Is There a Neurological Basis and Correction for Macular Degeneration?
Macular degeneration, aka AMD (age-related macular degeneration), is a common eye disease and a leading cause of blindness in people age 50 years and older, according to the National Institutes of Health National Eye Institute.
Interprofessionalism: What it Means and Why You Should Care
Interprofessionalism in education and in practice is a growing trend across health care in the United States. The idea that team-based care and collaborative practice can improve health care has been around more than 50 years.
The Roots of Insomnia
One of the most common clinical presentations is insomnia. Next to digestive disorders, sleep disorders are one of the most common complaints the clinician will encounter in daily practice.
Forgotten Options for Musculoskeletal Health
Challenges with musculoskeletal health are of tremendous concern for many people today.
How to Humanize Your Content to Create Stronger Relationships
Content marketing is about building relationships, whether that is through updates on social media, offers on your website, blog posts, email campaigns, or even printed material. Now days a business needs to make a human connection.
The MRI: What to Do With the Results
As I wrote in my previous article on this topic, it is my goal for you, the doctor, to be an expert in interpreting MRI images yourself; and to be able to independently make decisions based upon a combination of clinical presentations and findings, followed by the MRI images.
The Clinical Versatility of Milk Thistle (Part 2)
Evidence is growing that the silymarin complex of flavonolignans from milk thistle can impact serum ferritin and iron overload in various clinical circumstances.
Window of the Sky Points
The acupuncture points known as Window of the Sky are a modern creation. There is no reference in Chinese medical texts for an acupuncture point category called Window of the Sky.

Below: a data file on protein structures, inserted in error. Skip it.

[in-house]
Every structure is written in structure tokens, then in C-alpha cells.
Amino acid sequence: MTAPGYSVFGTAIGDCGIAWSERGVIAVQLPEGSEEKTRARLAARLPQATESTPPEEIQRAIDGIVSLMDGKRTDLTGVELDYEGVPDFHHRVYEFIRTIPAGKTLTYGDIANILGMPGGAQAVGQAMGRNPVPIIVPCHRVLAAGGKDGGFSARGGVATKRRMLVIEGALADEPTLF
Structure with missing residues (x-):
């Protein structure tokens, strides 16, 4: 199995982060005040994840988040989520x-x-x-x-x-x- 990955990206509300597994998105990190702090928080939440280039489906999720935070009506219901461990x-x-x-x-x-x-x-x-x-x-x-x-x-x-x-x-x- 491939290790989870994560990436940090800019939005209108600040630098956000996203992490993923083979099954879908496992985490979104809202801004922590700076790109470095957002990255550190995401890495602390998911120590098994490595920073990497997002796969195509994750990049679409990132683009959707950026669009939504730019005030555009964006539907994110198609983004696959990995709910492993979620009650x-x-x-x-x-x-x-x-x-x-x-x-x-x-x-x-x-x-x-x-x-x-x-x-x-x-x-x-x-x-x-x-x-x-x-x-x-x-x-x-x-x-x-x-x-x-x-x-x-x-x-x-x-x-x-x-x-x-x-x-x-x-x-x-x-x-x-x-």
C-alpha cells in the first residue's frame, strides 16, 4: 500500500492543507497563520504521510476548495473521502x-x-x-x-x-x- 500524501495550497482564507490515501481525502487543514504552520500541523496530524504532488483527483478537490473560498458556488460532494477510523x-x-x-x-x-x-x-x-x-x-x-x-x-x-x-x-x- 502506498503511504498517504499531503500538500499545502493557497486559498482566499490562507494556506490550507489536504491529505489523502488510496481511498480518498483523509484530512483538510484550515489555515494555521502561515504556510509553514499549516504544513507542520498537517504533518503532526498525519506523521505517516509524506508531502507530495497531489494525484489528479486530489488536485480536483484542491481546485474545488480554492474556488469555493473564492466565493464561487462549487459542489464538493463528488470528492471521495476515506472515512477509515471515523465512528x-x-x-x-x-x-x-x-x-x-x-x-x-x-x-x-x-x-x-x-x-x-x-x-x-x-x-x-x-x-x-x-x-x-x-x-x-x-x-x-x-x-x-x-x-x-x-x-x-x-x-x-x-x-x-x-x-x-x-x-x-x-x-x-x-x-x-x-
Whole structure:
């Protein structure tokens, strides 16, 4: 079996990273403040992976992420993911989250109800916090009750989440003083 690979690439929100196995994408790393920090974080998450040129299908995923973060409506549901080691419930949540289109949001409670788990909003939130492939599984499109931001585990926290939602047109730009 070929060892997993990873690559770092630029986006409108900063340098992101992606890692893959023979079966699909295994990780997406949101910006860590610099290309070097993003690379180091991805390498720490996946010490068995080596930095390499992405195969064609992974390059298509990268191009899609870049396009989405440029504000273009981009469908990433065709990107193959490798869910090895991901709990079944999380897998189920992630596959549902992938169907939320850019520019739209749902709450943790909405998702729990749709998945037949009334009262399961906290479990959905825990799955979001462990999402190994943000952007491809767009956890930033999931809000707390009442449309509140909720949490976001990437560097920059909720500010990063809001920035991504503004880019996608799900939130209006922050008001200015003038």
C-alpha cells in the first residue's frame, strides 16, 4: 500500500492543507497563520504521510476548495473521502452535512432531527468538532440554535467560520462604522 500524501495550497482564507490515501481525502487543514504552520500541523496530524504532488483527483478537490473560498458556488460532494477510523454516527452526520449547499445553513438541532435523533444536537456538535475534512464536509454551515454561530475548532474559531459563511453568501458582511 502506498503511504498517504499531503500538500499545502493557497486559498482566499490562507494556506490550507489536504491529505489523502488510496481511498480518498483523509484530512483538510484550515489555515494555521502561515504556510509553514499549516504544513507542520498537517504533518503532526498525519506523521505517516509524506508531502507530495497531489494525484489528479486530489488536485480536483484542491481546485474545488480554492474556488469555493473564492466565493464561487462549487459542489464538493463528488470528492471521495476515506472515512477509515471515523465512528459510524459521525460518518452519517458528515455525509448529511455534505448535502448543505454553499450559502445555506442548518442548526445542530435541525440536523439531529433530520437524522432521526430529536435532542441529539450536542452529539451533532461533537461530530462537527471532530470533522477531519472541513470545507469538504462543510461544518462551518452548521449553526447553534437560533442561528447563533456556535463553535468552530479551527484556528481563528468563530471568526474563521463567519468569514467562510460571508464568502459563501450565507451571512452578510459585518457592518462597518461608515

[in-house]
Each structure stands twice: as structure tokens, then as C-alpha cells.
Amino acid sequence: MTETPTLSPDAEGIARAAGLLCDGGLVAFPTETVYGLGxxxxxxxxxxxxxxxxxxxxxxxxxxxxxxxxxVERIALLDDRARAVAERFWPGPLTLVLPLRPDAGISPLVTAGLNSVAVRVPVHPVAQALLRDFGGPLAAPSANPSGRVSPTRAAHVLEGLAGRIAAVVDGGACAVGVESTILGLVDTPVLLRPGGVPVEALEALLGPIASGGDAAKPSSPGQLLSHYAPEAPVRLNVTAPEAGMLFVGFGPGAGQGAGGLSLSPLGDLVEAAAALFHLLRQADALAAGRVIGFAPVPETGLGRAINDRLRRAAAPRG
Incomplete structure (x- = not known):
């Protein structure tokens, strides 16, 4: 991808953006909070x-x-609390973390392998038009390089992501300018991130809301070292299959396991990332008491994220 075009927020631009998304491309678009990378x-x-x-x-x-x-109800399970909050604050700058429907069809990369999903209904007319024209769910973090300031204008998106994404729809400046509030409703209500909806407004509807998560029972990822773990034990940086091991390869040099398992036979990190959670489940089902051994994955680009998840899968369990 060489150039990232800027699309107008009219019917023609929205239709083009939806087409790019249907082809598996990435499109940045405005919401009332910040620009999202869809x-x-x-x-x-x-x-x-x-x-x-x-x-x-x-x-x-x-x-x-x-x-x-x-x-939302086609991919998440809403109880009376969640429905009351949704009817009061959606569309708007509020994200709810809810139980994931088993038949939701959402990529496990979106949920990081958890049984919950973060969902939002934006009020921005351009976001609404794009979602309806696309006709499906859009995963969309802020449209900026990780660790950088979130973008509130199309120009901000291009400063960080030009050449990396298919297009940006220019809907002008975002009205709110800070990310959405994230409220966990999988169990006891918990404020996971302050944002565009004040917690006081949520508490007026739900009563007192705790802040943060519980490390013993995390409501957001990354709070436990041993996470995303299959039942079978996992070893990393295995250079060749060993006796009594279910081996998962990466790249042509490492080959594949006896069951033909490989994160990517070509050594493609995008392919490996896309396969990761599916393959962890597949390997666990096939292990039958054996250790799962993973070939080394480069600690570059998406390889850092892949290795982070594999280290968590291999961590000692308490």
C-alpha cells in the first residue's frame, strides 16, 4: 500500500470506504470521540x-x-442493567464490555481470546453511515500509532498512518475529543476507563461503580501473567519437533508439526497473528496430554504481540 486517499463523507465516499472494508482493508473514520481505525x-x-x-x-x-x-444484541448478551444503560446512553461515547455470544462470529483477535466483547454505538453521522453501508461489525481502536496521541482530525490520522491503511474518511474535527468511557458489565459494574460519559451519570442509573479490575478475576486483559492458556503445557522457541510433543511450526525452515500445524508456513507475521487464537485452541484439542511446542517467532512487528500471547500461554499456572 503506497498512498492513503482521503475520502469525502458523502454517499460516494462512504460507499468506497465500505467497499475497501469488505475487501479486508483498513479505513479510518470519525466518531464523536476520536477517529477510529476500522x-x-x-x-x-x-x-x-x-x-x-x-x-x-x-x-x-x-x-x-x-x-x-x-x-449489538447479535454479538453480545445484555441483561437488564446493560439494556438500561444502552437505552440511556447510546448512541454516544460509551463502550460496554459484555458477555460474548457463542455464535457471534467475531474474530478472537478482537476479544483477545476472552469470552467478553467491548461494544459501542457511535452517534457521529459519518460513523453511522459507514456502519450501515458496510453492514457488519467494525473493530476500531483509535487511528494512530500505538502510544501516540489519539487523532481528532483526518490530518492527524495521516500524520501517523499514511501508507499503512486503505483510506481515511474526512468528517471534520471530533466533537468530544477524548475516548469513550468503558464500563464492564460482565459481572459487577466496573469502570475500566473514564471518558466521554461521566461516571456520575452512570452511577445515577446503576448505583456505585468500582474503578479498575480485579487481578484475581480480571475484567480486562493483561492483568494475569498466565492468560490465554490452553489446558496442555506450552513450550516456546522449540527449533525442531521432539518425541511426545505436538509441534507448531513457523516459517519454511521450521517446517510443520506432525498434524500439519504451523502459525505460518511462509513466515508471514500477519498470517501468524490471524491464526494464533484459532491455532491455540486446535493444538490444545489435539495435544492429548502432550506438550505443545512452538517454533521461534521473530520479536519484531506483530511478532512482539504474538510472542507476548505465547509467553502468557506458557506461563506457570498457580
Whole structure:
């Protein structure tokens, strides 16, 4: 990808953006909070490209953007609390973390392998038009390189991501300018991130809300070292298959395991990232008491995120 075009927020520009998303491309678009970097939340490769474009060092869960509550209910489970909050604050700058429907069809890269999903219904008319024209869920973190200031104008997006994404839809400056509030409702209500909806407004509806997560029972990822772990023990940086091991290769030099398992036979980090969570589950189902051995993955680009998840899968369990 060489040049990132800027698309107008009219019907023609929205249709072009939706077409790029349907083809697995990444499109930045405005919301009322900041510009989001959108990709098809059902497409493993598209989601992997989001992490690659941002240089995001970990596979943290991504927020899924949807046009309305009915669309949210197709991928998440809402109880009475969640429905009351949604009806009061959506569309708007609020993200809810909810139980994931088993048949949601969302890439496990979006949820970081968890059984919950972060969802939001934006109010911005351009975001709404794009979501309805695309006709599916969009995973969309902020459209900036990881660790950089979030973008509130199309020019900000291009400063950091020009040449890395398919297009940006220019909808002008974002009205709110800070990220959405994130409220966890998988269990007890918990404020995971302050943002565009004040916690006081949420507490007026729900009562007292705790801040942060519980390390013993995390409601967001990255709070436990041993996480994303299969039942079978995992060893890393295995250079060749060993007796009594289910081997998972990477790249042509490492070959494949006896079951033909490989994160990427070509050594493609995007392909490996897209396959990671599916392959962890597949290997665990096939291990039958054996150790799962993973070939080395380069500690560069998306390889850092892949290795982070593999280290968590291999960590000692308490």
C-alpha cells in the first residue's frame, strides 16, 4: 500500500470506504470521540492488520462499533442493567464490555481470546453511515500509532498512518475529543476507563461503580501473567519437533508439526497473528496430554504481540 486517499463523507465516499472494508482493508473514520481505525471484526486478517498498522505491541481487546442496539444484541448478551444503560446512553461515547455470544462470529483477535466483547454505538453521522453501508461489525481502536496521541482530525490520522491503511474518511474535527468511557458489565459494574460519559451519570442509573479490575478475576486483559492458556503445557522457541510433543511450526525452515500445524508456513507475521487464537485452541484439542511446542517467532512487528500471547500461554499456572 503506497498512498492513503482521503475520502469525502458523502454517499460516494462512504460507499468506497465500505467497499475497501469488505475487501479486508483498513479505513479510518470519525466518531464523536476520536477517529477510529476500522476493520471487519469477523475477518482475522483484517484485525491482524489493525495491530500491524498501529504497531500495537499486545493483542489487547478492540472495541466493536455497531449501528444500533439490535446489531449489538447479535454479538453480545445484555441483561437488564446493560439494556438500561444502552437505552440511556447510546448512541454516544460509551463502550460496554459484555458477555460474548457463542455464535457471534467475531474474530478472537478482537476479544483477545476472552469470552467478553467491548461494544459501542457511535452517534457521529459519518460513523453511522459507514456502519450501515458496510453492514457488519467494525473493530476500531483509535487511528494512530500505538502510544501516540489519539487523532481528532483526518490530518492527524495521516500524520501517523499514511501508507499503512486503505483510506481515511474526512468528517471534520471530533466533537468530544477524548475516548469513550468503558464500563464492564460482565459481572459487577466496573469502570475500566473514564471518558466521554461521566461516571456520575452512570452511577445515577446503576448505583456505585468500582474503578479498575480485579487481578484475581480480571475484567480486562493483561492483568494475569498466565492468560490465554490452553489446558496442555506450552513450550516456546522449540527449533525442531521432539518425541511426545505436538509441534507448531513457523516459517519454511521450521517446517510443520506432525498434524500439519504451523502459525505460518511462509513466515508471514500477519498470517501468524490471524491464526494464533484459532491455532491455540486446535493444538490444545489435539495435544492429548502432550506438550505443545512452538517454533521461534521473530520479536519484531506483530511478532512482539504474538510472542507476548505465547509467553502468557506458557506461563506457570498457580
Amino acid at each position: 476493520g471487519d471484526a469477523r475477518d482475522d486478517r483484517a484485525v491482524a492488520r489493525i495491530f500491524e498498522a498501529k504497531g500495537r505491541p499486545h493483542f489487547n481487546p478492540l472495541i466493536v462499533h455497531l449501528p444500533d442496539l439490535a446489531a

Enhancing Performance in Cross-Fit Athletes
Cross-fitness centers are expanding in number and increasing in popularity. To remain relevant to this growing portion of society, practitioners need to learn about the exercises and injuries common to this group.
Integrative Medicine Can Shape the Profession
As the AOM profession struggles to define the role of "integrative" medicine within their practices their schools and organizations, students, faculty, alumni and administrators at schools wrestle with discussions of how much, where, how, and what to "integrate."
February, 2012, Vol. 12, Issue 02
Giving a Big Thumbs Up for Healthy Thumbs
By Judith DeLany, LMT
The thumb is one of the most practical and necessary implements of the body. It is the first self-comforting tool to be used, often seen thrust into the mouth of a fetus in the womb. Throughout life, the thumb is constantly used without conscious thought, making it easy to forget just how vital the thumb is in daily life. That is, until it is injured.
Imagine holding a glass of water without a thumb, or pulling up your pants, writing with a pencil or using a paintbrush. Although those who are thumb-challenged can usually improvise, one can readily experience the difficulties by simply duct-taping the thumbs to the palms for a day.
The thumb pad is richly endowed with sensory receptors and is associated with more brain receptors for receiving information than most other body parts. This makes the thumb a particularly useful palpation tool. While articles abound excluding the use of the thumb in massage, this article offers insights as to how to protect the thumb in order to use it for a lifetime.
Anatomy of the Thumb